# Electric potential of a conical surface

1. Mar 12, 2017

### davon806

1. The problem statement, all variables and given/known data
(From Griffiths problem 2.26) :
A conical surface (an empty ice-cream cone) carries a uniform surface charge σ. The height of the cone is h, and the radius of the top is R. Find the potential difference between points a (the vertex) and b (the center of the top).

2. Relevant equations

3. The attempt at a solution
Solution to this problem: (EXAMPLE 4 of the page)
http://www.physicspages.com/2011/10/10/electric-potential-from-charges-examples-1/

Whenever we are talking about electric potential,we need to specify the reference point.
i.e.
$V(r) \equiv -\int_O^\mathbf{r} \mathbf{E \cdot} d \mathbf{l}\$

Where O is some standard reference point s.t. V = 0 at that point.In most circumstance we regard infinity as the reference point.

If you picture an inverted cone in your mind, and follow the solution in the above link, then for V(0),
you integrate from the base of cone to the tip of the cone.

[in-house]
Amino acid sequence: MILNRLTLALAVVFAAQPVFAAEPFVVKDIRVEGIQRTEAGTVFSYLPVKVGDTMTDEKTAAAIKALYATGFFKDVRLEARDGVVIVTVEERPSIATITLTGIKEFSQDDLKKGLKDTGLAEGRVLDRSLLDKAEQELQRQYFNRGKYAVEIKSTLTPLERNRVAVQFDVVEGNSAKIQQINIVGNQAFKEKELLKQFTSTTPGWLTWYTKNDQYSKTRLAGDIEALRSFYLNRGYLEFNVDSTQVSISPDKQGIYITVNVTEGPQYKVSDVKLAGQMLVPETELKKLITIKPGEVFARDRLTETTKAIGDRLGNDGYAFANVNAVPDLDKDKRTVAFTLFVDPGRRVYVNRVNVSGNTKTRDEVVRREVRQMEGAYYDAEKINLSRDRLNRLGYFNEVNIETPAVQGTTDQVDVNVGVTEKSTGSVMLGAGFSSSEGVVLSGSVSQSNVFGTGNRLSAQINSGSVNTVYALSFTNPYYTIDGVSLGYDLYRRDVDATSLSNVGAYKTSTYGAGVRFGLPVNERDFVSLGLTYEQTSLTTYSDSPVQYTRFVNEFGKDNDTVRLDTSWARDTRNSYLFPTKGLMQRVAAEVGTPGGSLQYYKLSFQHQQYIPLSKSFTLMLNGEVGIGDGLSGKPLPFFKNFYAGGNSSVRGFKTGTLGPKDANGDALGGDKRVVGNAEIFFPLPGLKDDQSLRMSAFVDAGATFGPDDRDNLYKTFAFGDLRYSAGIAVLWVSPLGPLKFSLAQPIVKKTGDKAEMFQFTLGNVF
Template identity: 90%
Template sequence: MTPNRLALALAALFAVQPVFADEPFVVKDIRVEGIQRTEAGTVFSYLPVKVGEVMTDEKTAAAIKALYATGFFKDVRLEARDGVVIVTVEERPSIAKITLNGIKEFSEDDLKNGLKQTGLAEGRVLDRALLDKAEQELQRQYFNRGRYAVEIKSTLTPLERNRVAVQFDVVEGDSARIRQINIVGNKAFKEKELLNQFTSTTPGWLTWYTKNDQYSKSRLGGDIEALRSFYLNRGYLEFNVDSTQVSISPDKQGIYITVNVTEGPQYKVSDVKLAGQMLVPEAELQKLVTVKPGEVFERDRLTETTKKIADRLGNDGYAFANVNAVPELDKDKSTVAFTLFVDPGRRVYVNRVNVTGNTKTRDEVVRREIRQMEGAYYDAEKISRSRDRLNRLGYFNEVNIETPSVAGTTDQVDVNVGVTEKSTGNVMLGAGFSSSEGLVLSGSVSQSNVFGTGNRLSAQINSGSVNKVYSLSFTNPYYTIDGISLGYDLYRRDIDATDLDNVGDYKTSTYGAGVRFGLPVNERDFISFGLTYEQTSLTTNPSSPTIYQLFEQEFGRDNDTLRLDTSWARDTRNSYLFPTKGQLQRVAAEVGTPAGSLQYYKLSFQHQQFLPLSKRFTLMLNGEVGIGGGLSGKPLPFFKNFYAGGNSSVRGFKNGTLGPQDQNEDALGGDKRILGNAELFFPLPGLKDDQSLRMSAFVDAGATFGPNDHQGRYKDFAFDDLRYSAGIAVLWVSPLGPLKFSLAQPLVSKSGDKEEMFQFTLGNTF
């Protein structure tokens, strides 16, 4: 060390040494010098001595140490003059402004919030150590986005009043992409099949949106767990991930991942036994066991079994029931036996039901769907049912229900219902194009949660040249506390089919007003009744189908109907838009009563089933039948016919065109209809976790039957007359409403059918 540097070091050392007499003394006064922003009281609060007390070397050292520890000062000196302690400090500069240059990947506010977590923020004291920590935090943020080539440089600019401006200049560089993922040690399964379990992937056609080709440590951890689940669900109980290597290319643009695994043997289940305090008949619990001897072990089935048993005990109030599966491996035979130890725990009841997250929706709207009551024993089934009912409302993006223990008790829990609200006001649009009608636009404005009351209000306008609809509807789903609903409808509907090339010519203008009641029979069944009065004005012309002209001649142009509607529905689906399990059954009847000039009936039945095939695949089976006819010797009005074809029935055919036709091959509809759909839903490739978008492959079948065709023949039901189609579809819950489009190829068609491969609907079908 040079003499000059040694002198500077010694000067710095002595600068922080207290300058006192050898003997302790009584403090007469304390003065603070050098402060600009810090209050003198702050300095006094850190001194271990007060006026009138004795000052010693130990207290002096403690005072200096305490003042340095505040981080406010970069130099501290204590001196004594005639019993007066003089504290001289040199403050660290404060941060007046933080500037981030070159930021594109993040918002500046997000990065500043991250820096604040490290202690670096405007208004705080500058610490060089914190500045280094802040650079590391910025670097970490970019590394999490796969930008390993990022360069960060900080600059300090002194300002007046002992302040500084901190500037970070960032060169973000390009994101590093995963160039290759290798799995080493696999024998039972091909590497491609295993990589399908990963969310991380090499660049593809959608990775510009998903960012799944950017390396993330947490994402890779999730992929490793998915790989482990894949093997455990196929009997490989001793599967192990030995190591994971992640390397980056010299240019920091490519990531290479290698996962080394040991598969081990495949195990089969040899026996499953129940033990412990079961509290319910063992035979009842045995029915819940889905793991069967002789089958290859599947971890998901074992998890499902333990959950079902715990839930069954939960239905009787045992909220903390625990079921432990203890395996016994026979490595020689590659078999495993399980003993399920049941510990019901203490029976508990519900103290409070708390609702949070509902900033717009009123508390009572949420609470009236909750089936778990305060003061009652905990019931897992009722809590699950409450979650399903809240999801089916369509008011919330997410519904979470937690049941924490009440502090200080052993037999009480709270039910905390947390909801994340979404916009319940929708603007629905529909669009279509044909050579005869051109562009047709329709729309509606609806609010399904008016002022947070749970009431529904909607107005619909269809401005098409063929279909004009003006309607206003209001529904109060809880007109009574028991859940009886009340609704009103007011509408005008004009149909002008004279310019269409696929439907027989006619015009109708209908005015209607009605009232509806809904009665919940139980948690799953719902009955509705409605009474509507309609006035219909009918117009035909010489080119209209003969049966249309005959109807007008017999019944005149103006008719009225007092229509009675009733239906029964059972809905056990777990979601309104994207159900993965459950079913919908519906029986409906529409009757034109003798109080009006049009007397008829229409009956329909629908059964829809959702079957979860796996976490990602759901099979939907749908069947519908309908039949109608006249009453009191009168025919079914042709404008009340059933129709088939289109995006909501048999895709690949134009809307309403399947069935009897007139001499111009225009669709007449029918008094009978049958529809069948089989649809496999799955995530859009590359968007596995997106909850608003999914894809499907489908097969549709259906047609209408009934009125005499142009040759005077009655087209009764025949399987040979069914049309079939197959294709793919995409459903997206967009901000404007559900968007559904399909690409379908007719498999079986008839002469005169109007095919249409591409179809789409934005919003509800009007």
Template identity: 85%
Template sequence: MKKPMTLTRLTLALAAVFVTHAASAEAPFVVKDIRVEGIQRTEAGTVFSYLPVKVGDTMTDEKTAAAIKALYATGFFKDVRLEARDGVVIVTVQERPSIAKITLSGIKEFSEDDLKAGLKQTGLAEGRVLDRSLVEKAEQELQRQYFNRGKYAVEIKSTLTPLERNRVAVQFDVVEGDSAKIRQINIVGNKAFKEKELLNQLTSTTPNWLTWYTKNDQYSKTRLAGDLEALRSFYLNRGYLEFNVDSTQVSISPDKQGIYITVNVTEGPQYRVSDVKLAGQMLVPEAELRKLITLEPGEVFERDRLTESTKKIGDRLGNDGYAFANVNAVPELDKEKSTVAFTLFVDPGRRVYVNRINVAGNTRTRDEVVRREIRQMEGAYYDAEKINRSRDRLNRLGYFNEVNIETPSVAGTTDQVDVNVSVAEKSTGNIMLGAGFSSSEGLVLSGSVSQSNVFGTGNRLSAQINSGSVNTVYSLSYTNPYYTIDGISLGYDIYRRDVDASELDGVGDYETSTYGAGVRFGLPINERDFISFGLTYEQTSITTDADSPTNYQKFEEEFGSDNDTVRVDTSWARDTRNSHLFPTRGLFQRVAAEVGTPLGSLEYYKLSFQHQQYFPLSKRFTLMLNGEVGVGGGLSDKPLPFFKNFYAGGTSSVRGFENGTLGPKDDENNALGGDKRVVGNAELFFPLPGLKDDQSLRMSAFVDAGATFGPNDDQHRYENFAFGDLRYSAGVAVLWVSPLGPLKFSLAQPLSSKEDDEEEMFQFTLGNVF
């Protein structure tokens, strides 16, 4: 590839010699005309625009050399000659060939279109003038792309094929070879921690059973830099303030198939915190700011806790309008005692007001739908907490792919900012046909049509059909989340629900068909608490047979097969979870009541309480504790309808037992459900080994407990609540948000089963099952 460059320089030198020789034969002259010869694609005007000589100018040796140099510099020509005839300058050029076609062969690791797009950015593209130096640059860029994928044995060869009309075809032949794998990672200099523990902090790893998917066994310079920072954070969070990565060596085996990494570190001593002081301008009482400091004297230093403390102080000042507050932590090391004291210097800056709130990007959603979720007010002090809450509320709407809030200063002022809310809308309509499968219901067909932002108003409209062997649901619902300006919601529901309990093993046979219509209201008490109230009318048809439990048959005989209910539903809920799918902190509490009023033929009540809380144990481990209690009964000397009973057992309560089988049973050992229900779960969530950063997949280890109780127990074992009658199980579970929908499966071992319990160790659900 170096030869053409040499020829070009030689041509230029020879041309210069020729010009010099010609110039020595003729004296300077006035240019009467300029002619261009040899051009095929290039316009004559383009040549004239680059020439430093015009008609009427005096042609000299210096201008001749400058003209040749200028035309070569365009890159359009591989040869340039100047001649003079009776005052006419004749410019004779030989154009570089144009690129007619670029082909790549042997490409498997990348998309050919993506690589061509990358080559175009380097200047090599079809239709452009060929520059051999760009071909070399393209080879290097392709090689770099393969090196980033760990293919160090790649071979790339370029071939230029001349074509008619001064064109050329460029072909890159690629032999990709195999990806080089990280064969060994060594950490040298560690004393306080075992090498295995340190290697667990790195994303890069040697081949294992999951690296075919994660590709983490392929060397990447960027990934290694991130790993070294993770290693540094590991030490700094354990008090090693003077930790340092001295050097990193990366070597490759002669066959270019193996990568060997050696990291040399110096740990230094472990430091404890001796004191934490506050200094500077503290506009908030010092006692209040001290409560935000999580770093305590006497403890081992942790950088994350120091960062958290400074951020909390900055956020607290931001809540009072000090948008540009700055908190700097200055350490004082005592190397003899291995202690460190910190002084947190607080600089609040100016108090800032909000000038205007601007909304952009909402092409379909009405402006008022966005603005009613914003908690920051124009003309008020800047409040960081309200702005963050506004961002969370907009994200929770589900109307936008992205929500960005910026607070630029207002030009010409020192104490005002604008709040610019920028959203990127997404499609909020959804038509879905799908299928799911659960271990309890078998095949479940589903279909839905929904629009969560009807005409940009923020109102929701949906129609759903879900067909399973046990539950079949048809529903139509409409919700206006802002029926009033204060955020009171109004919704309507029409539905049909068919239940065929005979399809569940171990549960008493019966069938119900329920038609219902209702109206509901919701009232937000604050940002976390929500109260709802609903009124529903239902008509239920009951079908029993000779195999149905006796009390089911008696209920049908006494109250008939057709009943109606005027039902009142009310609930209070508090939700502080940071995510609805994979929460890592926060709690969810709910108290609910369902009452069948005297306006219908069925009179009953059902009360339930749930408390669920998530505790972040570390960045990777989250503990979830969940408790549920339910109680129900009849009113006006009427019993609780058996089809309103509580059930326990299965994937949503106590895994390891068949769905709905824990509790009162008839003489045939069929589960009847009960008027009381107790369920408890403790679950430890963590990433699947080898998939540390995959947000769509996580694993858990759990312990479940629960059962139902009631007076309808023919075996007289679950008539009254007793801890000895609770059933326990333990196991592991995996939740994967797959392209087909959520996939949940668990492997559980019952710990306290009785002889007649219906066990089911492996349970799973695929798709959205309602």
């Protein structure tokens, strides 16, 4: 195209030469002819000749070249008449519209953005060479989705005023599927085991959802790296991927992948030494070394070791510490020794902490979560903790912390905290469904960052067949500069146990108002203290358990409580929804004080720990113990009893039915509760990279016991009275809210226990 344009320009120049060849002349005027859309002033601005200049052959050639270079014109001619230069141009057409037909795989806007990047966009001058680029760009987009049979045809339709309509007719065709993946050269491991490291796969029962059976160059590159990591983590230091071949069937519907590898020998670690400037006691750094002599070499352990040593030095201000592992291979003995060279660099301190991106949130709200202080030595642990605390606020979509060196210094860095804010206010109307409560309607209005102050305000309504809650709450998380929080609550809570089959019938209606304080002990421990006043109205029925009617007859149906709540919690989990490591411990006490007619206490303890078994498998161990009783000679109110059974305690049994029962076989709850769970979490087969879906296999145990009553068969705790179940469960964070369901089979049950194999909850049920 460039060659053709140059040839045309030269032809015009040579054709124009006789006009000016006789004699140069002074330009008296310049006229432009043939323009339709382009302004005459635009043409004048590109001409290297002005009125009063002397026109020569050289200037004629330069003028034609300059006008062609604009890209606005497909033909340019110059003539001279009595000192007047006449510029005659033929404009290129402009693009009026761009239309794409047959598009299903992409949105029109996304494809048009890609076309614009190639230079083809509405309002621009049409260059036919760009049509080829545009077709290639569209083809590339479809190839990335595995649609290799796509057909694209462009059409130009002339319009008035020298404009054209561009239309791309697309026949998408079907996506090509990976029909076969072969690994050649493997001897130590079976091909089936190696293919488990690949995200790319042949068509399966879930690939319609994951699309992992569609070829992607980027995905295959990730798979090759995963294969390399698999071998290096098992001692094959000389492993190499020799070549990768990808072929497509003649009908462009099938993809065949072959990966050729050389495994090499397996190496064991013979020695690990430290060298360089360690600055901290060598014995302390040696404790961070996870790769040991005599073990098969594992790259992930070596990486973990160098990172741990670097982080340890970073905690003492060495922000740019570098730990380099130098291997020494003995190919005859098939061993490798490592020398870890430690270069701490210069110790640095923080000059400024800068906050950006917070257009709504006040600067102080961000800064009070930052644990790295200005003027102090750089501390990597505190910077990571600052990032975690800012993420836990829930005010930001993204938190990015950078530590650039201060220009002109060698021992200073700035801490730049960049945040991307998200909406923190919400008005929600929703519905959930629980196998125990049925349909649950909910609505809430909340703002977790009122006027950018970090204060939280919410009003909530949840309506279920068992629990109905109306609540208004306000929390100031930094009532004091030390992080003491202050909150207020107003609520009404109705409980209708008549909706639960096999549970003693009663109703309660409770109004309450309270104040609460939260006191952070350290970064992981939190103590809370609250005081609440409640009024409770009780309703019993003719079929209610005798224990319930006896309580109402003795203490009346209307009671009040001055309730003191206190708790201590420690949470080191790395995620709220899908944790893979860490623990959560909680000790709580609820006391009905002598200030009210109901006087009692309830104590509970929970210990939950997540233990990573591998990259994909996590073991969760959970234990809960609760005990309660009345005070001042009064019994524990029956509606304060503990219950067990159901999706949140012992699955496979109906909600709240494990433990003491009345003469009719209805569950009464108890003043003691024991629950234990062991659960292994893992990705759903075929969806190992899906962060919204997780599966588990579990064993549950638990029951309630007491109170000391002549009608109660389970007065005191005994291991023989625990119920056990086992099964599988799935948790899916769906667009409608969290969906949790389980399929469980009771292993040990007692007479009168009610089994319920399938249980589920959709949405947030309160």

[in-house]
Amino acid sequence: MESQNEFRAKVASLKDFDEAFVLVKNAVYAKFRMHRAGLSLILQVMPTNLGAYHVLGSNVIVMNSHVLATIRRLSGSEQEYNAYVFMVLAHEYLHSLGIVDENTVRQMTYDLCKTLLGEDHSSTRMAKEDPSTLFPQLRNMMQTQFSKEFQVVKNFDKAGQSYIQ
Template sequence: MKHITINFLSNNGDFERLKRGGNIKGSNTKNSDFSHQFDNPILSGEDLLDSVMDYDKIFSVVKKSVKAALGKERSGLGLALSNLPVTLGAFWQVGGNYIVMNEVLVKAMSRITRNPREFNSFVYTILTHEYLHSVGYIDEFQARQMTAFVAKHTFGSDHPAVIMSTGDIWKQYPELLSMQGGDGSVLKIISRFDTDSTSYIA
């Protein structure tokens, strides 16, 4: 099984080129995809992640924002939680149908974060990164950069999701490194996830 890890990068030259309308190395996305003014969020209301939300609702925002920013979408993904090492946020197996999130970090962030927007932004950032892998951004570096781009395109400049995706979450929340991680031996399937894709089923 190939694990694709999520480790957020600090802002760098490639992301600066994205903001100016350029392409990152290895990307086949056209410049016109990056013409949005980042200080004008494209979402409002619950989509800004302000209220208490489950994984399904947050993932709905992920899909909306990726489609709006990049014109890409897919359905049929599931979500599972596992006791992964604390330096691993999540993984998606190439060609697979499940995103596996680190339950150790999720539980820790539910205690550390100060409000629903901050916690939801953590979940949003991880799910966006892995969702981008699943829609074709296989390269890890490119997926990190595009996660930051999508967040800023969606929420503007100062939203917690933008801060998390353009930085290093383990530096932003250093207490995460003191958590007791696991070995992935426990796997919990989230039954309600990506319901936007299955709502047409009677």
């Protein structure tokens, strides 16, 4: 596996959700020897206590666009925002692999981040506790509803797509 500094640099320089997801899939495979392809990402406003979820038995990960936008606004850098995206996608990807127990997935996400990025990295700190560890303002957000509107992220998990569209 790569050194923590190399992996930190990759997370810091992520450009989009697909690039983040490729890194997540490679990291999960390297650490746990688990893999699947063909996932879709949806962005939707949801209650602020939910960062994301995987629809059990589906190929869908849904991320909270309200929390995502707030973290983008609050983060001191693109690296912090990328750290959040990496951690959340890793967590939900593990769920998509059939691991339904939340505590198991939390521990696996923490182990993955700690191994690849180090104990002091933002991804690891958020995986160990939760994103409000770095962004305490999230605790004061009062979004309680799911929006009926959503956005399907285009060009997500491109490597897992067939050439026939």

While for V(R) ( the base of the cone), you integrate from the tip of the cone up to the base of the cone).

But this two directions are exactly opposite, so how can we have two different reference point when calculating the potential difference V(R) - V(0) ?

2. Mar 12, 2017

### BvU

For zv=0 they add all the contributions from the rings from z = 0 to z = R to find the potential V(0).
For zv=R they add all the contributions from the rings from z = 0 to z = R to find the potential V(R).

3. Mar 12, 2017

### davon806

Yes, but since these two points are located at the limit of integration (z = 0 and z = R). For z = 0, the tip is at bottom,and all the contributions are above of the tip;
But for z = R, all the contributions are below of the centre of base . I am a bit confused,does this invert the upper and lower limit of integration? And using the definition of V = $V(r) \equiv -\int_O^\mathbf{r} \mathbf{E \cdot} d \mathbf{l}\$ , does the tip and centre of base have the same reference point ? I mean, because of "invert the upper and lower limit of integration" , I think the reference points in a and b are different as well. Sorry, I am very confused

4. Mar 12, 2017

### haruspex

No. The integral runs in the same direction in each case, from 0 to h.
Yes. The reference point in both cases is zero potential at infinity. This is built into equation (16). Consider what happens to the expression for dV there as zv tends to infinity.